No head injury should be considered insignificant.
There are many possible long term effects of repeated concussions or returning to play too soon after sustaining one.
It is important to realize the symptoms and alert a medical professional as soon as a concussion is suspected.
Complications of concussion can be quite serious especially if an athlete returns to play prematurely.
Second Impact Syndrome is a lethal, poorly understood, complication of concussion and occurs when a symptomatic athlete returns to play and has a second head trauma. This “second impact” causes brain swelling and herniation that can (in rare cases) result in death. Far more common is a prolonged recovery. With cumulative concussions, athletes have been noted to have repeat concussions with less impact and prolonged recoveries, sometimes leading to early retirement from contact sports.
Return to Play After Being “Cleared From A Concussion”
Once the athlete is cleared by a physician, a gradual return to play process may begin. The process will progress at a rate of one step per day, as long as an athlete remains symptom-free.
Day 1: Light aerobic activity (jogging, stationary bike, sit ups, etc. low intensity 10-15 minutes)
Day 2: High Intensity Aerobic exercise (running, quick speed work on stationary bike) High intensity, moderate speed, 20-25 minutes
Day 3: Cardio circuit/sports specific. Burpees, jump squats, ladder drills, sports specific drills)
Day 4: Non-contact practice
Day 5: Full practice
If symptoms recur at any point during this stepwise progression, the athlete should return to the previous level and wait for 24 hours before attempting further advancement.
A conservative approach is needed when dealing with young athletes with developing brains (athletes < 18 years of age).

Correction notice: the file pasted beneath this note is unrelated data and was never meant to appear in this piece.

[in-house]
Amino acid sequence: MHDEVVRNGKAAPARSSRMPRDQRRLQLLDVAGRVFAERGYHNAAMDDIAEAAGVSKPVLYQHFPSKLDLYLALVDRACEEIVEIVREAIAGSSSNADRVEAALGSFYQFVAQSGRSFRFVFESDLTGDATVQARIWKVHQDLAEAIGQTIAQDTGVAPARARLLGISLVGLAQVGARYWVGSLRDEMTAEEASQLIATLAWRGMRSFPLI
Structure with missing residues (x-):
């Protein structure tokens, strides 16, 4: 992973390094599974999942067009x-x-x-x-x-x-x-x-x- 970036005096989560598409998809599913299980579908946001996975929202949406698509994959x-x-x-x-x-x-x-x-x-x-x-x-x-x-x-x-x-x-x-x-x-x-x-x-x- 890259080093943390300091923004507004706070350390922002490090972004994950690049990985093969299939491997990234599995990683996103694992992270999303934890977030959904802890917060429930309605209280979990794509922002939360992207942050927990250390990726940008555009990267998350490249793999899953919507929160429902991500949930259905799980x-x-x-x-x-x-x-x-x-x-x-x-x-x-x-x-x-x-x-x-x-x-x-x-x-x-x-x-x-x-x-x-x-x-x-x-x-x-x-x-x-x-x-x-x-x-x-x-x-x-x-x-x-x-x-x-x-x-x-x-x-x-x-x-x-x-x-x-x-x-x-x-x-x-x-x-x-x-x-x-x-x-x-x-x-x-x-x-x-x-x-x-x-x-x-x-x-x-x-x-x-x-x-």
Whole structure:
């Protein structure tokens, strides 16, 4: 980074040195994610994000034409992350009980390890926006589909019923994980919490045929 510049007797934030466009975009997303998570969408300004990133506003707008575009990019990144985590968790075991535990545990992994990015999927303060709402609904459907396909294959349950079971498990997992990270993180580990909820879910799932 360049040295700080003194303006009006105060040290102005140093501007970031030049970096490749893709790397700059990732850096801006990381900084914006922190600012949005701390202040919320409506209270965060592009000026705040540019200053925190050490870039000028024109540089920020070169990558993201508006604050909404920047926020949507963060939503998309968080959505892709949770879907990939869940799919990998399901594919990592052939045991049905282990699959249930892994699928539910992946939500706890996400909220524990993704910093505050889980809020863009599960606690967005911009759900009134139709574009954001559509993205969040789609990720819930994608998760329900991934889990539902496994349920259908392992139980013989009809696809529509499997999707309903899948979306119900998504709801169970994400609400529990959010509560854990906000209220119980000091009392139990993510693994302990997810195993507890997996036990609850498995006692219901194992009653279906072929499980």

In order to help better manage concussions sustained by our student-athletes, Perkiomen Valley School District currently uses the ImPACT (Immediate Post Concussion Assessment and Cognitive Testing) program, which was founded and developed by the University of Pittsburgh Medical Center’s Sports Concussion Program.
ImPACT is a non-invasive computerized exam utilized by many professional, collegiate, and high school sports programs across the country to successfully diagnose and manage concussions. It tracks information such as memory, reaction time, speed, and concentration. It is not an IQ test.
ImPACT baseline tests are required for student-athletes participating in identified, contact-collision sports or events (football, field hockey, soccer, water polo, volleyball, basketball, wrestling, swimming/diving, baseball, softball, lacrosse, and pole vault). If a student-athlete was given a baseline test last year, he/she is not required to complete a baseline test again for this school year. However, students diagnosed with a concussion last year are encouraged to complete another baseline test.
In order to take a baseline test, a student must know his/her PVSD account name and password. High school student-athletes should report to the main entrance of the high school building, just outside the main office. From that location, high school student-athletes will be escorted to a computer lab or library for the test. The test takes approximately 45-60 minutes to complete. Please do not arrive late or after the advertised test time. You will not be permitted to join the test group once they have started the exam.
ImPACT baseline tests are administered to student-athletes participating in identified, contact-collision sports or events (football, field hockey, soccer, volleyball and water polo). However, PVSD student-athletes participating in other sports may be tested if they wish.
Student-athletes not tested last year must be tested this year. In addition, students diagnosed with a concussion last year are directed to complete another baseline test at this time.
Middle school student-athletes will be tested at the start of the school year.
If a concussion is suspected, the athlete will be required to re-take the test. Both the preseason and post-injury test data will be shared with the athlete’s parent(s), physician or neuropsychologist. The test data will enable these health professionals to evaluate the injury and determine when return-to-play is appropriate and safe for the injured athlete. If an injury of this nature occurs to your child, you will be contacted with the details. Students injured at home or in a non-school related event will not be tested.
The ImPACT program currently provides the best available information for managing concussions and preventing the potential brain damage that can occur with multiple concussions.